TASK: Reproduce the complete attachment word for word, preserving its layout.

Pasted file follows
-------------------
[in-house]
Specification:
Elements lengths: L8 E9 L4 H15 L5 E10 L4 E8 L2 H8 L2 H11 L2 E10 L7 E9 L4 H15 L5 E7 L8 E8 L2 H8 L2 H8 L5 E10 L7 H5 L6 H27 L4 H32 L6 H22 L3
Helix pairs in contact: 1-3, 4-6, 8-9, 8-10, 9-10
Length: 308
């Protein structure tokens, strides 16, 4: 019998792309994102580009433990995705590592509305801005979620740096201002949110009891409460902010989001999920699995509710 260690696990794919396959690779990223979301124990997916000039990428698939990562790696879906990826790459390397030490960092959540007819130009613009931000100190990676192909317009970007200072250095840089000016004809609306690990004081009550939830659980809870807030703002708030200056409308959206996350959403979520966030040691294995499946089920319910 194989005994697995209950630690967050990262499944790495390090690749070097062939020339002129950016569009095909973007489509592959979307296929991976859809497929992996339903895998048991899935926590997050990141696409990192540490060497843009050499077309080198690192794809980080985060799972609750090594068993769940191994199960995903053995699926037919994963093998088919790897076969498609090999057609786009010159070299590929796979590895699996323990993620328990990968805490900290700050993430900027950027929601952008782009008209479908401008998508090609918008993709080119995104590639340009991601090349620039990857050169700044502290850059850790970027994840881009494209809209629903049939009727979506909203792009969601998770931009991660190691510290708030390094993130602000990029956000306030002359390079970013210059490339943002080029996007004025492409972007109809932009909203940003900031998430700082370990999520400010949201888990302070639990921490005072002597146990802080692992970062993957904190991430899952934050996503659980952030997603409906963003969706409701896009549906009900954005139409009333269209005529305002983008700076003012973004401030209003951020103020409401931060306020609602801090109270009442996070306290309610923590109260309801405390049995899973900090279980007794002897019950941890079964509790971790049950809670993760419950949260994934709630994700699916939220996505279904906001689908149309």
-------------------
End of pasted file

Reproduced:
[in-house]
Specification:
Elements lengths: L8 E9 L4 H15 L5 E10 L4 E8 L2 H8 L2 H11 L2 E10 L7 E9 L4 H15 L5 E7 L8 E8 L2 H8 L2 H8 L5 E10 L7 H5 L6 H27 L4 H32 L6 H22 L3
Helix pairs in contact: 1-3, 4-6, 8-9, 8-10, 9-10
Length: 308
């Protein structure tokens, strides 16, 4: 019998792309994102580009433990995705590592509305801005979620740096201002949110009891409460902010989001999920699995509710 260690696990794919396959690779990223979301124990997916000039990428698939990562790696879906990826790459390397030490960092959540007819130009613009931000100190990676192909317009970007200072250095840089000016004809609306690990004081009550939830659980809870807030703002708030200056409308959206996350959403979520966030040691294995499946089920319910 194989005994697995209950630690967050990262499944790495390090690749070097062939020339002129950016569009095909973007489509592959979307296929991976859809497929992996339903895998048991899935926590997050990141696409990192540490060497843009050499077309080198690192794809980080985060799972609750090594068993769940191994199960995903053995699926037919994963093998088919790897076969498609090999057609786009010159070299590929796979590895699996323990993620328990990968805490900290700050993430900027950027929601952008782009008209479908401008998508090609918008993709080119995104590639340009991601090349620039990857050169700044502290850059850790970027994840881009494209809209629903049939009727979506909203792009969601998770931009991660190691510290708030390094993130602000990029956000306030002359390079970013210059490339943002080029996007004025492409972007109809932009909203940003900031998430700082370990999520400010949201888990302070639990921490005072002597146990802080692992970062993957904190991430899952934050996503659980952030997603409906963003969706409701896009549906009900954005139409009333269209005529305002983008700076003012973004401030209003951020103020409401931060306020609602801090109270009442996070306290309610923590109260309801405390049995899973900090279980007794002897019950941890079964509790971790049950809670993760419950949260994934709630994700699916939220996505279904906001689908149309």